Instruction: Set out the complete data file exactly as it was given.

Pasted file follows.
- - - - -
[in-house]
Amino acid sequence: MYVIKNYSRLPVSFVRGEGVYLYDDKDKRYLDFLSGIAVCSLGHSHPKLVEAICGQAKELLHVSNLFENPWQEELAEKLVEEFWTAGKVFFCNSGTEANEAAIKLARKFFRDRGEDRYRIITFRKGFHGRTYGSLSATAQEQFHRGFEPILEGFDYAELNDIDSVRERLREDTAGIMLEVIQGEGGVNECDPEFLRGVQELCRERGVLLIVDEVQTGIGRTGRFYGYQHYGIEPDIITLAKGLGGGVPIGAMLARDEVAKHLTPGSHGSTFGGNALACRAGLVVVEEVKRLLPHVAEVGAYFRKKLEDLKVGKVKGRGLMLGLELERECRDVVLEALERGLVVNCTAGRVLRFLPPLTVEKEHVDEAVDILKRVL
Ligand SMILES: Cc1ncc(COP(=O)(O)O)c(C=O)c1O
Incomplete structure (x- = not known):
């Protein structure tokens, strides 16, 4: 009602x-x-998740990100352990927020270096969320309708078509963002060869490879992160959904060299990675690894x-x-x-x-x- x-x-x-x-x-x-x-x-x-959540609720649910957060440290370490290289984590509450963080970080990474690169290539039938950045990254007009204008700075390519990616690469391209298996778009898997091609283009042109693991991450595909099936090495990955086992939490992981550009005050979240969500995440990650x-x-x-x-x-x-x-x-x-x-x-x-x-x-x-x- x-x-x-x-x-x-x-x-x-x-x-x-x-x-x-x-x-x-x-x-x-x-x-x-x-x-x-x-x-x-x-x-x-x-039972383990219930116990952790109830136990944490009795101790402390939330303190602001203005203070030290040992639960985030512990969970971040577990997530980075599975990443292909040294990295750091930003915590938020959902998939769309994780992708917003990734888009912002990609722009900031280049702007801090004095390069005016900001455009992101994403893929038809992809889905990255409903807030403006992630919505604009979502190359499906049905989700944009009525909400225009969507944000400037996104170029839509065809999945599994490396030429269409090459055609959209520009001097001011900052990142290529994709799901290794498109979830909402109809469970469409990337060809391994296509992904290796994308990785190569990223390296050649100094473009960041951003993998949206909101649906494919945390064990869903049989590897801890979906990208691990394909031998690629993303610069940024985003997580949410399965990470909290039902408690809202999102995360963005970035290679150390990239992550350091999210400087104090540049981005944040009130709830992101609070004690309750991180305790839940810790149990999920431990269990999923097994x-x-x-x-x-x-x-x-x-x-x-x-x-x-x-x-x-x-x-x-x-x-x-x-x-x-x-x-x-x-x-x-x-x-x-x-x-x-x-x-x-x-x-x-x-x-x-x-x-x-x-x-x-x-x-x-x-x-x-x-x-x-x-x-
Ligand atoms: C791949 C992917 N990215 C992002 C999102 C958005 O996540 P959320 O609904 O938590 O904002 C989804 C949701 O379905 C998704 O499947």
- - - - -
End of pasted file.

[in-house]
Amino acid sequence: MYVIKNYSRLPVSFVRGEGVYLYDDKDKRYLDFLSGIAVCSLGHSHPKLVEAICGQAKELLHVSNLFENPWQEELAEKLVEEFWTAGKVFFCNSGTEANEAAIKLARKFFRDRGEDRYRIITFRKGFHGRTYGSLSATAQEQFHRGFEPILEGFDYAELNDIDSVRERLREDTAGIMLEVIQGEGGVNECDPEFLRGVQELCRERGVLLIVDEVQTGIGRTGRFYGYQHYGIEPDIITLAKGLGGGVPIGAMLARDEVAKHLTPGSHGSTFGGNALACRAGLVVVEEVKRLLPHVAEVGAYFRKKLEDLKVGKVKGRGLMLGLELERECRDVVLEALERGLVVNCTAGRVLRFLPPLTVEKEHVDEAVDILKRVL
Ligand SMILES: Cc1ncc(COP(=O)(O)O)c(C=O)c1O
Incomplete structure (x- = not known):
């Protein structure tokens, strides 16, 4: 009602x-x-998740990100352990927020270096969320309708078509963002060869490879992160959904060299990675690894x-x-x-x-x- x-x-x-x-x-x-x-x-x-959540609720649910957060440290370490290289984590509450963080970080990474690169290539039938950045990254007009204008700075390519990616690469391209298996778009898997091609283009042109693991991450595909099936090495990955086992939490992981550009005050979240969500995440990650x-x-x-x-x-x-x-x-x-x-x-x-x-x-x-x- x-x-x-x-x-x-x-x-x-x-x-x-x-x-x-x-x-x-x-x-x-x-x-x-x-x-x-x-x-x-x-x-x-x-039972383990219930116990952790109830136990944490009795101790402390939330303190602001203005203070030290040992639960985030512990969970971040577990997530980075599975990443292909040294990295750091930003915590938020959902998939769309994780992708917003990734888009912002990609722009900031280049702007801090004095390069005016900001455009992101994403893929038809992809889905990255409903807030403006992630919505604009979502190359499906049905989700944009009525909400225009969507944000400037996104170029839509065809999945599994490396030429269409090459055609959209520009001097001011900052990142290529994709799901290794498109979830909402109809469970469409990337060809391994296509992904290796994308990785190569990223390296050649100094473009960041951003993998949206909101649906494919945390064990869903049989590897801890979906990208691990394909031998690629993303610069940024985003997580949410399965990470909290039902408690809202999102995360963005970035290679150390990239992550350091999210400087104090540049981005944040009130709830992101609070004690309750991180305790839940810790149990999920431990269990999923097994x-x-x-x-x-x-x-x-x-x-x-x-x-x-x-x-x-x-x-x-x-x-x-x-x-x-x-x-x-x-x-x-x-x-x-x-x-x-x-x-x-x-x-x-x-x-x-x-x-x-x-x-x-x-x-x-x-x-x-x-x-x-x-x-
Ligand atoms: C791949 C992917 N990215 C992002 C999102 C958005 O996540 P959320 O609904 O938590 O904002 C989804 C949701 O379905 C998704 O499947």